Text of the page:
“Wonder Woman 1984” and “The Trial of the Chicago 7” both made headlines this year when their respective studios, Warner Bros. and Paramount, chose to circumvent the pandemic by shifting the titles from a theatrical to a streaming-centric release. In the case of “WW84,” Warner Bros. chose a day-and-date release on HBO Max and in theaters on Dec. 25. For “Chicago 7,” Paramount sold the film outright to Netflix, which opened the film in limited release in theaters in late September, and on the streamer weeks later in mid-October.
In a wide-ranging conversation for Variety‘s upcoming Virtual FYC Fest, “WW84” director Patty Jenkins and “Chicago 7” director Aaron Sorkin both conveyed their relief that audiences nationwide are getting to see their films safely and in a timely fashion. But they also expressed significant skepticism that the industry-wide pivot to streaming — including the recent contentious decision by Warner Bros. to release its entire 2021 slate of films on HBO Max on the same day they debut in theaters — marks the death knell of the theatrical experience. Jenkins even suggested that top-tier talent could start tipping the scales in the other direction.
“We’re all scared that everything’s going to change now,” Sorkin said to Jenkins. “That movie theaters are basically going to become, like, art houses, and that the films that you and I make will only be seen on streaming services.”
He continued, “I don’t think that that’s going to happen. I think that for 4,000 years, nothing has replaced the experience of being part of an audience. That shared experience — being in a theater when the lights go down, everyone laughing at the same time, gasping at the same time, being silent at the same time, and having the final moment of the film reverberate at the same time.”
Jenkins agreed, noting that the death of moviegoing has been foretold since the advent of television in the 1950s. But with so many media companies now aggressively placing streaming at the center of their business — WarnerMedia with HBO Max, Disney with Disney Plus and Hulu, Comcast with Peacock, ViacomCBS with Paramount Plus and PlutoTV, not to mention Apple TV Plus, Amazon Prime Video, and, of course, Netflix — Jenkins also believes the industry is missing a considerable economic opportunity.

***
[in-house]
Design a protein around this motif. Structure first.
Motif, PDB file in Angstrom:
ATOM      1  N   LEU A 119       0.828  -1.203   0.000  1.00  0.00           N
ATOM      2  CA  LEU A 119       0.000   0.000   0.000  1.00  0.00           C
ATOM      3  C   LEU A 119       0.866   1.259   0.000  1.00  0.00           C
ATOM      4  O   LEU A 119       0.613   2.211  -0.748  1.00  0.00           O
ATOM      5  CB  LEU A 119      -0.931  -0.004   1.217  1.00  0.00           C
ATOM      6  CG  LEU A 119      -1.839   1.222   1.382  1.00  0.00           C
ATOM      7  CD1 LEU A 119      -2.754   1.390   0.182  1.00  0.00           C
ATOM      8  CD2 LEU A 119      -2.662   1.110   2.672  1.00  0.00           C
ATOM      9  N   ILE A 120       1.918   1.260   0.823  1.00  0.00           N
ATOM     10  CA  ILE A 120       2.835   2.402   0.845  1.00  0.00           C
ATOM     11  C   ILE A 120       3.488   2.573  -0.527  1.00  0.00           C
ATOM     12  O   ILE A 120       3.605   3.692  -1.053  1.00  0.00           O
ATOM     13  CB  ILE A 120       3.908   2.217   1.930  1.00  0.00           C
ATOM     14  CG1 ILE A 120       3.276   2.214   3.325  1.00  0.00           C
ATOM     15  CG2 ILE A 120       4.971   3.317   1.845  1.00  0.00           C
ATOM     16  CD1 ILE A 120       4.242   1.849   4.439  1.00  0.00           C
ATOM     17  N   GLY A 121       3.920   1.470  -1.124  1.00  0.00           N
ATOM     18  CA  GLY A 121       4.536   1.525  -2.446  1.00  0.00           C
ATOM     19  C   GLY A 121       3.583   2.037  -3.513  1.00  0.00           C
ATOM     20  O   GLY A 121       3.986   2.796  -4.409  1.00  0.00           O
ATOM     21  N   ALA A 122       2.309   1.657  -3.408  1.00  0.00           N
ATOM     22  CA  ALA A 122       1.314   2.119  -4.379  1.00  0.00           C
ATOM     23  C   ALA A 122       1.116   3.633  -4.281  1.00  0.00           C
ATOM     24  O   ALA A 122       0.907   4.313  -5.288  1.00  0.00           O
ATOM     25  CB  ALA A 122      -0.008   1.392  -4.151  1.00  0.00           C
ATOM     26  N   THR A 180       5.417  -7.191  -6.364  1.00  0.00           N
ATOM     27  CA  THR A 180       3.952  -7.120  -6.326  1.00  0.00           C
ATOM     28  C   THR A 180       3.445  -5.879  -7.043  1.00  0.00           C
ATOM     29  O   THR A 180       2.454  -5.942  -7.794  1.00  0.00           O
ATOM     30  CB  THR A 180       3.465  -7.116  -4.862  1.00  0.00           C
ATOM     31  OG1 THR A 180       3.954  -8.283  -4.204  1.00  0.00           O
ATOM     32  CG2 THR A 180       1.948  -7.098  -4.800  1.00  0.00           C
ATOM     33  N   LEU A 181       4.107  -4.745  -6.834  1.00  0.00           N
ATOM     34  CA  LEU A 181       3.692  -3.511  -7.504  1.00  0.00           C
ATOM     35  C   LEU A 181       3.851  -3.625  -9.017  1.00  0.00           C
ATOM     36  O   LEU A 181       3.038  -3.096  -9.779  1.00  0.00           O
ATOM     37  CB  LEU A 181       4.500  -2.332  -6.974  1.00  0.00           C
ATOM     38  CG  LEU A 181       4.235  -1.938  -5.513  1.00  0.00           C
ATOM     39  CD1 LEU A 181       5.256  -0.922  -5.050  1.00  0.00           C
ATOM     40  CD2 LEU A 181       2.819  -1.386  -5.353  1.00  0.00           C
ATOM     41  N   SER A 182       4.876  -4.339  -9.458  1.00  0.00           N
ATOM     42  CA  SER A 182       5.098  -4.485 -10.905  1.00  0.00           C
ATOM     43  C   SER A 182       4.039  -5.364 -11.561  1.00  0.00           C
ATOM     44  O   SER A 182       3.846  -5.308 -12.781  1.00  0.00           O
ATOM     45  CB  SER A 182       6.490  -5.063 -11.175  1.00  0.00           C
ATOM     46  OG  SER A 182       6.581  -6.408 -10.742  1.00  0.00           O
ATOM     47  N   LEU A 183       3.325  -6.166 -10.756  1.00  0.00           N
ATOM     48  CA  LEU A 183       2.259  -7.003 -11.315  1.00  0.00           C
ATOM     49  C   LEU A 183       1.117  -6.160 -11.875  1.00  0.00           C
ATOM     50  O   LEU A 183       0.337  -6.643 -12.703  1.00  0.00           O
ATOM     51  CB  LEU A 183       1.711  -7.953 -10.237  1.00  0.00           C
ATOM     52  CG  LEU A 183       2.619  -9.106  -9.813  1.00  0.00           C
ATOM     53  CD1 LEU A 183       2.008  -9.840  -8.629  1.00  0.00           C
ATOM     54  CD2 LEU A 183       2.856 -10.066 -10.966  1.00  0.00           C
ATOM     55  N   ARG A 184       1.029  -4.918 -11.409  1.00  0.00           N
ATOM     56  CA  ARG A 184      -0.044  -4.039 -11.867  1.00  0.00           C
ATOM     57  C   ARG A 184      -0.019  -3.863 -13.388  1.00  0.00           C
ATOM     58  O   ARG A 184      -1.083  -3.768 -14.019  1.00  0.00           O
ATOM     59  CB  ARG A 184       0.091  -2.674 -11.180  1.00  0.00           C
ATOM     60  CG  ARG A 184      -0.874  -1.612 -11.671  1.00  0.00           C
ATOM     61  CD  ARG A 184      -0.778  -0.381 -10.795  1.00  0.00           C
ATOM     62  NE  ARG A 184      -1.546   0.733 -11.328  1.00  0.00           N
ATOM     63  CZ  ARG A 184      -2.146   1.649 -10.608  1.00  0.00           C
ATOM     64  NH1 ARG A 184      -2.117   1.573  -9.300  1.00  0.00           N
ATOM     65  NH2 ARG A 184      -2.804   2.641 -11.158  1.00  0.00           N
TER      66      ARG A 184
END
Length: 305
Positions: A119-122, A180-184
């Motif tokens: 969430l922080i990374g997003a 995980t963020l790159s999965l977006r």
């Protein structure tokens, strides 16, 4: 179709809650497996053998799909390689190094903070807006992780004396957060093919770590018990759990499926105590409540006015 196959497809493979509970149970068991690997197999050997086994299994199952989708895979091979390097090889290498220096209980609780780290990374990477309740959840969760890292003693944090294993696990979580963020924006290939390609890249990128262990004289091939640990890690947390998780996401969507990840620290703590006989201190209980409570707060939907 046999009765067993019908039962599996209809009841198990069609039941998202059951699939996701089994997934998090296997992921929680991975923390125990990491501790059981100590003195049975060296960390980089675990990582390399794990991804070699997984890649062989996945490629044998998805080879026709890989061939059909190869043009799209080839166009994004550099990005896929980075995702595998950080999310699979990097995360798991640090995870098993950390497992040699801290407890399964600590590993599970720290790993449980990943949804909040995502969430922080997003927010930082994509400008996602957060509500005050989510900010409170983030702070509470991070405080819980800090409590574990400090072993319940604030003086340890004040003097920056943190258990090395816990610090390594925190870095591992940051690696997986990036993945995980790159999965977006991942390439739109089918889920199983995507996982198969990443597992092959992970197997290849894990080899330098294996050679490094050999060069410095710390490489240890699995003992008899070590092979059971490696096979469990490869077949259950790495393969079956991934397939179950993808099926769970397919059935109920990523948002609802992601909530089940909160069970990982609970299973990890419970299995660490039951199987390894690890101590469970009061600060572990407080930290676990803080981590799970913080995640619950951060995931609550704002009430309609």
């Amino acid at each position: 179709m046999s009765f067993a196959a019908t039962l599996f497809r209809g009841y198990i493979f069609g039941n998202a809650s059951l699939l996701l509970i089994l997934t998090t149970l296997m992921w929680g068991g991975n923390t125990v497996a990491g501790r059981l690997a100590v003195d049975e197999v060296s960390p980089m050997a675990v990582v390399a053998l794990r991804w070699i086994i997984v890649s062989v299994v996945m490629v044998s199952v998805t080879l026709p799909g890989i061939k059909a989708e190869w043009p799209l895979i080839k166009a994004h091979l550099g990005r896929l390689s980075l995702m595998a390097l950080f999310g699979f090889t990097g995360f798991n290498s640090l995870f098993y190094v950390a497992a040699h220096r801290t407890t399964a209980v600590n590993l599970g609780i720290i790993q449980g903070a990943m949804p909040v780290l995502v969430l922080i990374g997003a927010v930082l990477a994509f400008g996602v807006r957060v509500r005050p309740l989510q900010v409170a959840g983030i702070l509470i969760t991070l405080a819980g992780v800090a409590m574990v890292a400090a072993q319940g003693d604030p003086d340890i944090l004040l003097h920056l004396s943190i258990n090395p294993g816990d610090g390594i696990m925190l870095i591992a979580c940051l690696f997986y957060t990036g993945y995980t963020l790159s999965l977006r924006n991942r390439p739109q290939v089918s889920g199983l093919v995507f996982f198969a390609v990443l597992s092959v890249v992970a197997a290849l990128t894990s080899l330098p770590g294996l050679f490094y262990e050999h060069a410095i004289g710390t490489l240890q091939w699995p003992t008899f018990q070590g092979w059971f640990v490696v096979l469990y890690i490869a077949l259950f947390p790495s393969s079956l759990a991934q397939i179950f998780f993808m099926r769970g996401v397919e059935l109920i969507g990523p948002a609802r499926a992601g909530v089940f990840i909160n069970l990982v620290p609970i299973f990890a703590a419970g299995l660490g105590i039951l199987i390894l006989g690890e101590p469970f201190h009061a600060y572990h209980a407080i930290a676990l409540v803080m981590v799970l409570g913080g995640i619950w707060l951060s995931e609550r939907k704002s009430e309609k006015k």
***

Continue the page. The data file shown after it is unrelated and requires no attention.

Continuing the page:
When Warner Bros. proposed releasing “Wonder Woman 1984” day-and-date on HBO Max and in theaters, Jenkins said the unique conditions of the COVID-19 pandemic essentially forced her to prioritize her desire for “communion with an audience” over all other considerations. To make up for the loss in expected box office-related bonuses, Warner Bros. also reportedly paid Jenkins and star Gal Gadot each $10 million. But in her conversation with Sorkin, Jenkins suggested that A-list directors and actors who value the audience experience above all will start seeking out studios that buck the streaming trend, especially as the pandemic subsides.
“When every single studio in town starts chasing the exact same thing, you’re like, Why doesn’t someone differentiate themselves?” Jenkins said. “In this case, I think what’s going to happen is … some studio is going to be smart enough to be an outlier, and all the great filmmakers in town are going to go there, and the theaters are going to favor their movies. Because right now, if there are studios that announce that [releasing day-and-date on streaming] is what they’re going to start doing, every filmmaker’s going to head to the studio that promises they’re not going to.”
As Sorkin nodded, Jenkins evoked United Artists, the company founded in 1919 by director D.W. Griffith and actors Charlie Chaplin, Mary Pickford, and Douglas Fairbanks to favor artists’ interests over the then-nascent studio system.
“It’s not going to be that easy,” she said of the shift to streaming. “I think there’s a sentiment right now that change is coming and there’s nothing you can do about it, and I think that doesn’t take into consideration the artists who can very much United Artists-it up and make a big change.”
“I hope that you are at the forefront of those United Artists,” Sorkin said.
Jenkins laughed. “Believe me, it’s in my mind.”
The full conversation with Jenkins and Sorkin will run as part of Variety‘s Virtual FYC Fest, from Dec. 15–17.